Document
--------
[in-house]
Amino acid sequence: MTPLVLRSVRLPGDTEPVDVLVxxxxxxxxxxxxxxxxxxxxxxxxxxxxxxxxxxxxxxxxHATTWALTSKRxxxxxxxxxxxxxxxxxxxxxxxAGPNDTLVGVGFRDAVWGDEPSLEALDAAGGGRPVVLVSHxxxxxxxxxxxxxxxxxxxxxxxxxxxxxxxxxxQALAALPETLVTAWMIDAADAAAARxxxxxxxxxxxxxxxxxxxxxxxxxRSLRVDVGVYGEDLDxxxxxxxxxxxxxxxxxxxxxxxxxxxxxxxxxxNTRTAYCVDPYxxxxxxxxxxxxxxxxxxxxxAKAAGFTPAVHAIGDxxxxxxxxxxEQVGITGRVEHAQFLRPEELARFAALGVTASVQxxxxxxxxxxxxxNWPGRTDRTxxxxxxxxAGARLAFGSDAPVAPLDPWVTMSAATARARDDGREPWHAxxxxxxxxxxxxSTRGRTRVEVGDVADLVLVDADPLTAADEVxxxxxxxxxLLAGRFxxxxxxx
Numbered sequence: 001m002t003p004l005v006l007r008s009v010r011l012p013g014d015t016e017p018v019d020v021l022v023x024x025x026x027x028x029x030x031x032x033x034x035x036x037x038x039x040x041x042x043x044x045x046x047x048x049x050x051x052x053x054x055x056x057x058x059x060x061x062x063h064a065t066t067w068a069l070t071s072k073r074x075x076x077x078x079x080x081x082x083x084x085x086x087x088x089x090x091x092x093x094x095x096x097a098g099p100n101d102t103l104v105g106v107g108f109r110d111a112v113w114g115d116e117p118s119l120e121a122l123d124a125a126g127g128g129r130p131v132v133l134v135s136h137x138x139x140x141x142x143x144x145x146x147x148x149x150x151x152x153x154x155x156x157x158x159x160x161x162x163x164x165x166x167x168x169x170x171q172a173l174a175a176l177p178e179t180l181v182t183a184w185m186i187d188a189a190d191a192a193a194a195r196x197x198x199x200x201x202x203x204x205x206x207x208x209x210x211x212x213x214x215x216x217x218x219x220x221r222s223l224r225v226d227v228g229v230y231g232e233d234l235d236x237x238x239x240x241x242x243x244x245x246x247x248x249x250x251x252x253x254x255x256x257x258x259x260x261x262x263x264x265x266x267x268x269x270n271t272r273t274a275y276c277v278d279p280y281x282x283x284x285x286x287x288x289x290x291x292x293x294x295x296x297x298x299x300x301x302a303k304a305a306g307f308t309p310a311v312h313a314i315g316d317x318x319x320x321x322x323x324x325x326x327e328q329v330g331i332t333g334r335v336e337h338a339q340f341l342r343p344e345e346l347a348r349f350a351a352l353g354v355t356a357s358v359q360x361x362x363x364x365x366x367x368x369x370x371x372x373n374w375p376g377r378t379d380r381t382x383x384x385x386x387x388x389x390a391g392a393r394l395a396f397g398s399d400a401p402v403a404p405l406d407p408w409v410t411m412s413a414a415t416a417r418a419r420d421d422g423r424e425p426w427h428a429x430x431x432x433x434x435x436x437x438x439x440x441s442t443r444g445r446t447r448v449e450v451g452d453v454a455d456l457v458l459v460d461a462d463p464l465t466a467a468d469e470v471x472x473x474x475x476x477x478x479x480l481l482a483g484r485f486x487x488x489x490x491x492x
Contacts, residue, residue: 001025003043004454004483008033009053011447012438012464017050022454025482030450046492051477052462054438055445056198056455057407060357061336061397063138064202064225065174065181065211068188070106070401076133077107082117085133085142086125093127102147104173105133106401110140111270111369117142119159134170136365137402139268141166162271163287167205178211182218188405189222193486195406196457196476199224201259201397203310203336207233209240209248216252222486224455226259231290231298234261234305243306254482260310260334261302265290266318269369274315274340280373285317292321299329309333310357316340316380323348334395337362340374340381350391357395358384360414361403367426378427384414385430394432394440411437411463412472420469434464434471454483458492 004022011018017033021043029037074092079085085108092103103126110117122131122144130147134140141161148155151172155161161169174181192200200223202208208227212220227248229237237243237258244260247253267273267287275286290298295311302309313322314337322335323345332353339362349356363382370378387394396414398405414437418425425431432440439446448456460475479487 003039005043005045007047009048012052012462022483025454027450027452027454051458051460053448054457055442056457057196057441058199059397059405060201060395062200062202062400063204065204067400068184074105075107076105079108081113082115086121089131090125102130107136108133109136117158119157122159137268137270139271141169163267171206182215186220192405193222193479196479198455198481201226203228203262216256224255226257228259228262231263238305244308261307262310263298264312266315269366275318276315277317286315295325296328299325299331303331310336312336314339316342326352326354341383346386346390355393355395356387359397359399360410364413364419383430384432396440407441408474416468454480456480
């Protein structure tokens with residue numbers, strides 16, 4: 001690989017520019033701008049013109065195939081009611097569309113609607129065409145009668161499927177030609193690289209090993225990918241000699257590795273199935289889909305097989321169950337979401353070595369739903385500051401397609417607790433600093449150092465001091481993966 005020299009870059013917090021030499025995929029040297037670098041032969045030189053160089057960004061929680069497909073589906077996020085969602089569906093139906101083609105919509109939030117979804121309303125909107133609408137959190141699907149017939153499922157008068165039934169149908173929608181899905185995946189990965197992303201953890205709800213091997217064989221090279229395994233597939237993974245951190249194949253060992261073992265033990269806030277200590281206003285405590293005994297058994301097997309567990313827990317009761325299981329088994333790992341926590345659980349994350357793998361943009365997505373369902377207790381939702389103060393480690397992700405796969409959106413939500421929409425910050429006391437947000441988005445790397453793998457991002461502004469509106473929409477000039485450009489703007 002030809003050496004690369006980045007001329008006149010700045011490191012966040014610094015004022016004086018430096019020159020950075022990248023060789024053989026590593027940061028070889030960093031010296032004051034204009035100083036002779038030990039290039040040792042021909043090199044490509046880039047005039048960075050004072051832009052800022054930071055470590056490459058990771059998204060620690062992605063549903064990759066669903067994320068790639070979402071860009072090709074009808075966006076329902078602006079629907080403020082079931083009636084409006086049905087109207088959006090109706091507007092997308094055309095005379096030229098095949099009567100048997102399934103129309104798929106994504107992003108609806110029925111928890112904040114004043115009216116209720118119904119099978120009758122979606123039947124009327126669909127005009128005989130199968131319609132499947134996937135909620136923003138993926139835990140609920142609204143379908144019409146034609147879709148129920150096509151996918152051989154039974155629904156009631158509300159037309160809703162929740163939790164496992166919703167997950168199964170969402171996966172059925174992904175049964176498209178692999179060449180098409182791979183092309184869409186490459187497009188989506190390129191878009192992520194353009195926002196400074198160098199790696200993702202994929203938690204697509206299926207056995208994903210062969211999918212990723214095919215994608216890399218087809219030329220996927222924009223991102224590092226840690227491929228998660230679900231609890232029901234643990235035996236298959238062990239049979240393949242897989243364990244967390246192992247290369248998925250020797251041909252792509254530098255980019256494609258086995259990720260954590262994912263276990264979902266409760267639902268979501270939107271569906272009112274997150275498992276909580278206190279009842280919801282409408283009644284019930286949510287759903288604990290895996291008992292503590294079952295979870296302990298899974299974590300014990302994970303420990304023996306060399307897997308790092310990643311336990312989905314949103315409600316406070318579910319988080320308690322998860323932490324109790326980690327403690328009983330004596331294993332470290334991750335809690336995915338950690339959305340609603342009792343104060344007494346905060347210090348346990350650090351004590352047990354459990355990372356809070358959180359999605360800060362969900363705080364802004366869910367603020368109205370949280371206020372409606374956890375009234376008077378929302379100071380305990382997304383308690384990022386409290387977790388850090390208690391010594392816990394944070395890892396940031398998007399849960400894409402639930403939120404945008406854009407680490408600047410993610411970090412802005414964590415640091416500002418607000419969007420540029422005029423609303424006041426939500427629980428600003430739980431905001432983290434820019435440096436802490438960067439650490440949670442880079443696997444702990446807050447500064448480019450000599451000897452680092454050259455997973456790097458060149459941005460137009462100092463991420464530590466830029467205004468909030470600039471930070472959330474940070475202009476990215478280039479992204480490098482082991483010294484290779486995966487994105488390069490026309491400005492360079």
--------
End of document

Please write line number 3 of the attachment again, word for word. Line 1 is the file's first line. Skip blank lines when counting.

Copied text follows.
Numbered sequence: 001m002t003p004l005v006l007r008s009v010r011l012p013g014d015t016e017p018v019d020v021l022v023x024x025x026x027x028x029x030x031x032x033x034x035x036x037x038x039x040x041x042x043x044x045x046x047x048x049x050x051x052x053x054x055x056x057x058x059x060x061x062x063h064a065t066t067w068a069l070t071s072k073r074x075x076x077x078x079x080x081x082x083x084x085x086x087x088x089x090x091x092x093x094x095x096x097a098g099p100n101d102t103l104v105g106v107g108f109r110d111a112v113w114g115d116e117p118s119l120e121a122l123d124a125a126g127g128g129r130p131v132v133l134v135s136h137x138x139x140x141x142x143x144x145x146x147x148x149x150x151x152x153x154x155x156x157x158x159x160x161x162x163x164x165x166x167x168x169x170x171q172a173l174a175a176l177p178e179t180l181v182t183a184w185m186i187d188a189a190d191a192a193a194a195r196x197x198x199x200x201x202x203x204x205x206x207x208x209x210x211x212x213x214x215x216x217x218x219x220x221r222s223l224r225v226d227v228g229v230y231g232e233d234l235d236x237x238x239x240x241x242x243x244x245x246x247x248x249x250x251x252x253x254x255x256x257x258x259x260x261x262x263x264x265x266x267x268x269x270n271t272r273t274a275y276c277v278d279p280y281x282x283x284x285x286x287x288x289x290x291x292x293x294x295x296x297x298x299x300x301x302a303k304a305a306g307f308t309p310a311v312h313a314i315g316d317x318x319x320x321x322x323x324x325x326x327e328q329v330g331i332t333g334r335v336e337h338a339q340f341l342r343p344e345e346l347a348r349f350a351a352l353g354v355t356a357s358v359q360x361x362x363x364x365x366x367x368x369x370x371x372x373n374w375p376g377r378t379d380r381t382x383x384x385x386x387x388x389x390a391g392a393r394l395a396f397g398s399d400a401p402v403a404p405l406d407p408w409v410t411m412s413a414a415t416a417r418a419r420d421d422g423r424e425p426w427h428a429x430x431x432x433x434x435x436x437x438x439x440x441s442t443r444g445r446t447r448v449e450v451g452d453v454a455d456l457v458l459v460d461a462d463p464l465t466a467a468d469e470v471x472x473x474x475x476x477x478x479x480l481l482a483g484r485f486x487x488x489x490x491x492x